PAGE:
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Dumber in English

Biophysicist and author Stefan Klein wants to ensure the future of German as a language of science. Our academic language is on the verge of atrophy, he says.

Stefan Klein. Photo: Stefan Klein.

Recently, a conference took place in Berlin with the lovely title, "Thought Researchers". It dealt with the issue of whether and how one can read thoughts and feelings directly from the brain with new techniques of neuroscience. Gathered in the auditorium were scientists, representatives of foundations and the German National Ethics Council – even the Federal Criminal Police Office had sent a delegate. All the speakers – six Germans, plus three from the United States and one from Great Britain – were outstanding. And they all spoke either English or, in the case of a German speaker, now and then something similar. Unusual word-choices and serpentine sentences can make a speech seem more brilliant than it actually is.

But who in the audience spoke English? No one. And even the four foreign guest speakers could easily have understood a lecture in German, because simultaneous translation was available over headsets that were readily on hand. As someone from the sponsoring foundation told me, of course it would be better if the local guests would simply speak German. This would increase the public resonance. But the professors had another idea. Their argument: People only take a conference seriously when English is the official language. Now, one could muse over the confidence of researchers who think their credibility is enhanced in a foreign language. Or fume over the contempt for the public, if all that the organizers care about is their standing among peers. After all, the "Thought Researchers" had received funds for a public event, not for an experts' forum.

Five hundred hears ago, Luca Pacioli, a pioneer of modern mathematics and accounting, bade farewell to Latin as the language of contemporary science. Galileo Galilei followed suit, 100 years later. They wrote in Italian, and a significant part of their contribution was in creating new terminologies for their new ideas, in the vernacular. Knowledge was to be accessible for all.

Today, scientists are headed towards a reversal of Pacioli's revolution. But how do they expect to win the sympathy of a public with which they no longer even have language in common? And will we soon reach a point where we no longer can discuss the results of new research in German because we can't find the vocabulary? Society is threatening to split: On one side will be those who employ an elite language, and on the other, all those who miss out on the latest developments. So the issue of whether German remains a language for science is not merely a question of national pride. It has to do with something far more momentous: democracy.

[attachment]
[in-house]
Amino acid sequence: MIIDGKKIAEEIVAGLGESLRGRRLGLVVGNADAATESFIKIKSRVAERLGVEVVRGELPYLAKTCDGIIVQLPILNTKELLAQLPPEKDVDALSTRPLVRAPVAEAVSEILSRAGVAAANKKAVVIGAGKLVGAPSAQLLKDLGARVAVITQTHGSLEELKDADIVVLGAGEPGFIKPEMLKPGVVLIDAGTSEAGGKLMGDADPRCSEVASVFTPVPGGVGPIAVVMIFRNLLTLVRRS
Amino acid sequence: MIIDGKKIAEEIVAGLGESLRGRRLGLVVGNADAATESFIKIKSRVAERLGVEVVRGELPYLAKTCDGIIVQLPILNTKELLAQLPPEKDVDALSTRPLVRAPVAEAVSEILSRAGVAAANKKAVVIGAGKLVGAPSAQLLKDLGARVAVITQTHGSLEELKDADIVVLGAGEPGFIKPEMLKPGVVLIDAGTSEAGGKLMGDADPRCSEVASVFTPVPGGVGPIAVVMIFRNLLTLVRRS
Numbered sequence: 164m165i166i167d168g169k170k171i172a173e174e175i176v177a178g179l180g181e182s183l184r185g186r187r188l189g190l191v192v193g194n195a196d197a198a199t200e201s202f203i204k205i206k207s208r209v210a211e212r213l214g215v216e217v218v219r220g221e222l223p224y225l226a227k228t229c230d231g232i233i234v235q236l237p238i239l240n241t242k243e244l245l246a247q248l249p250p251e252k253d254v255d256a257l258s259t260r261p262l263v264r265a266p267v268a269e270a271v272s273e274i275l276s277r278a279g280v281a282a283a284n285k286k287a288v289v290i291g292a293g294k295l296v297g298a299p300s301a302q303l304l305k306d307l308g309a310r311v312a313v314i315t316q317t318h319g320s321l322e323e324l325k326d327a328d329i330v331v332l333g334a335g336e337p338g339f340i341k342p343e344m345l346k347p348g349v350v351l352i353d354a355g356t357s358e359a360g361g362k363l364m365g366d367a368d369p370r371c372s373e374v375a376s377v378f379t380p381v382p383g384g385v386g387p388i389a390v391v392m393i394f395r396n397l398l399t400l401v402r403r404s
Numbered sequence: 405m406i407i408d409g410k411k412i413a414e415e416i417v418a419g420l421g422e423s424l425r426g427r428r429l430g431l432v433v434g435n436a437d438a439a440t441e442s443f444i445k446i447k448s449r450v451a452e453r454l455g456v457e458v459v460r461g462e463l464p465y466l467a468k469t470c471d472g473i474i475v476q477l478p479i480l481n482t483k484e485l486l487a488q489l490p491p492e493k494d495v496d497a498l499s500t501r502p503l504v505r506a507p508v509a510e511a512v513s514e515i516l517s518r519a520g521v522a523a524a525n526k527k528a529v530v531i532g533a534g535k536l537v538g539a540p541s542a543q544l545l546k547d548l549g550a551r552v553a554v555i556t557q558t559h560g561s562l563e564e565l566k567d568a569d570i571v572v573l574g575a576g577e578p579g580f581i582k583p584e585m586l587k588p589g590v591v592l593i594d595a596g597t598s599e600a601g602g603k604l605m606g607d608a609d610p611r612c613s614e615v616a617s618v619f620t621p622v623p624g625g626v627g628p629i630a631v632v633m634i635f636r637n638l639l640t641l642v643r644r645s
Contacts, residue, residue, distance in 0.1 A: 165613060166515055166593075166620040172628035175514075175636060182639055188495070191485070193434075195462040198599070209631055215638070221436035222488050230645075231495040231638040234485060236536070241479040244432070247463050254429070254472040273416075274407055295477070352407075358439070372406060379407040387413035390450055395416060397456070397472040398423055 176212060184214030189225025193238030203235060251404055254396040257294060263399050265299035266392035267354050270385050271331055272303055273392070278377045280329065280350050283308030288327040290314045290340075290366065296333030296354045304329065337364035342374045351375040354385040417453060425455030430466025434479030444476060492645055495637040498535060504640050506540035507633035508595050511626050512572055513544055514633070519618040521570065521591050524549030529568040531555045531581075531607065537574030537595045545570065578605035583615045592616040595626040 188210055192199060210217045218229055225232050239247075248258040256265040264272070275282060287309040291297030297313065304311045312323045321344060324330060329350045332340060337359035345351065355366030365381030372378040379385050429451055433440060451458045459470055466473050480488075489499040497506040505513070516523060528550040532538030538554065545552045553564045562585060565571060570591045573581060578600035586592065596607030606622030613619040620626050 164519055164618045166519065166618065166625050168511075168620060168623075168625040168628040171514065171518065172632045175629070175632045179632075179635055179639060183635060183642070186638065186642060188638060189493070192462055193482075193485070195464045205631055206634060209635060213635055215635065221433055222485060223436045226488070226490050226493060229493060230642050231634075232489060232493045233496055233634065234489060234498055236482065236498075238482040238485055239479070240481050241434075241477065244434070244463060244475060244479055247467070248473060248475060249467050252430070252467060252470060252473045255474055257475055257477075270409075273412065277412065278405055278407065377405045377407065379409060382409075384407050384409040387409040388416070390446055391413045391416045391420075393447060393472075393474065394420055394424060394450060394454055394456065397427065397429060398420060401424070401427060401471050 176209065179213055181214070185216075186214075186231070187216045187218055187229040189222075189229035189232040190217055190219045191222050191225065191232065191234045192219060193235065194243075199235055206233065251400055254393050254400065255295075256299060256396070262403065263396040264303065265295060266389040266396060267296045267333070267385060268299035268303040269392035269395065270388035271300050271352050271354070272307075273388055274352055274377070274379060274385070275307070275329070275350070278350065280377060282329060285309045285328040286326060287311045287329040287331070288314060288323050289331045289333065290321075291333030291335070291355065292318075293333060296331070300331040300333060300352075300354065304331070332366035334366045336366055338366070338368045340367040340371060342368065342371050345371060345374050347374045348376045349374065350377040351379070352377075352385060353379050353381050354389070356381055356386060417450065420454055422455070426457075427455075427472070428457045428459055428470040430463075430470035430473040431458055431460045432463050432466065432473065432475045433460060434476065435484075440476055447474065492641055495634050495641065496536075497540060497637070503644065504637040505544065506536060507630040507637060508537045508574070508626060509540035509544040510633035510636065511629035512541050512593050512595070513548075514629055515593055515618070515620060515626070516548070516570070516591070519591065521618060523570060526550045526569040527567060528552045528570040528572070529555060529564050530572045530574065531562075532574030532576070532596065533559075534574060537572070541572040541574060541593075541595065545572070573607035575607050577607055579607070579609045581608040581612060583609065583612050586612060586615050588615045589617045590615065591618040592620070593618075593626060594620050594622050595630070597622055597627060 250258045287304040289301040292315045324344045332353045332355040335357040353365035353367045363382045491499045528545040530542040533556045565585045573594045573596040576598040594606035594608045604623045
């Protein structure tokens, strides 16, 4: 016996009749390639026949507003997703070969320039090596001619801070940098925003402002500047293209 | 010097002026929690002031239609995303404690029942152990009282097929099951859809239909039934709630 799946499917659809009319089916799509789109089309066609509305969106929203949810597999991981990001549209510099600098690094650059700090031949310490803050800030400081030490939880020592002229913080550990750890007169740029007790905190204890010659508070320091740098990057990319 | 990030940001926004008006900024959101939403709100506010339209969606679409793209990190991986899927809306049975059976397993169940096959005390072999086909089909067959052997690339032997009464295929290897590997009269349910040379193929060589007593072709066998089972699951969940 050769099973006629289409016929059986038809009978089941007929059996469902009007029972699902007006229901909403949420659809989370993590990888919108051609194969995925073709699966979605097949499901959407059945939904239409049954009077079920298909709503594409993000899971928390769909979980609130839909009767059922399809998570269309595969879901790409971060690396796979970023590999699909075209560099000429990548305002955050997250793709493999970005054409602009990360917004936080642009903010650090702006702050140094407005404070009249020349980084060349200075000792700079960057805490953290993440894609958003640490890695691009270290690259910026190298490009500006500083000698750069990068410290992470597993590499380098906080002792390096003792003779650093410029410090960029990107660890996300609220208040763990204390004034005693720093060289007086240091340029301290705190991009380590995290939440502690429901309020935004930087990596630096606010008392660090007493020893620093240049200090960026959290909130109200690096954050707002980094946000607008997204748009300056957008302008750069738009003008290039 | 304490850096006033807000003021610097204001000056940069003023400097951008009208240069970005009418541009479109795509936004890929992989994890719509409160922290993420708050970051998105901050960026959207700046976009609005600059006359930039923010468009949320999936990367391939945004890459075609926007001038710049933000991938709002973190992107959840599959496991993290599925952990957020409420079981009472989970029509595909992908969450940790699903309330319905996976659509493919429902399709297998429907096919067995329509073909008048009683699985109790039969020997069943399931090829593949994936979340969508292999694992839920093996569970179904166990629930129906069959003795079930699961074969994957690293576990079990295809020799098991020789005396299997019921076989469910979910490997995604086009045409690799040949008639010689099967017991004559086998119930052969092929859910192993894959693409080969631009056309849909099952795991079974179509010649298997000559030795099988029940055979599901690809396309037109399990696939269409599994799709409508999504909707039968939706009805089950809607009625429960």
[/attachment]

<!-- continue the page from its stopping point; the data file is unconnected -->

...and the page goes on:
Anyone who only encounters scientific research in a foreign language pays a heavy price, even if he is a master of the idiom. "We are dumber in English" – this was the conclusion that researchers came to in Sweden and the Netherlands, where children were introduced to English on their first day of school. Lectures in English are part of every subject, but nevertheless, the test results are about ten percent lower on average than in courses taught in the mother tongue. In English seminars, students ask and answer fewer questions; they give the overall impression of being somewhat more helpless. Neither students nor teachers are generally aware of the problem, because they all overestimate their expertise in English.

By now, English is the sole language used in lectures in 250 out of 1,976 advanced educational fields in Germany ("master's degree" programmes). Should this development continue, it would mean certain death for German as a language of research. In Sweden's most renowned university, in Uppsala, they already are considering offering more programmes in Swedish or returning completely to the mother tongue for basic studies.

Students and their instructors don't only face comprehension problems. Language also transmits an emotional connection with a subject. And the more abstract a discipline, the more important this relationship. I remember well my enthusiasm when I heard the wonderfully catchy algebraic terms like kernels (amounts added to zero) and rings (amounts of numbers with specific links). I could immediately picture these concepts.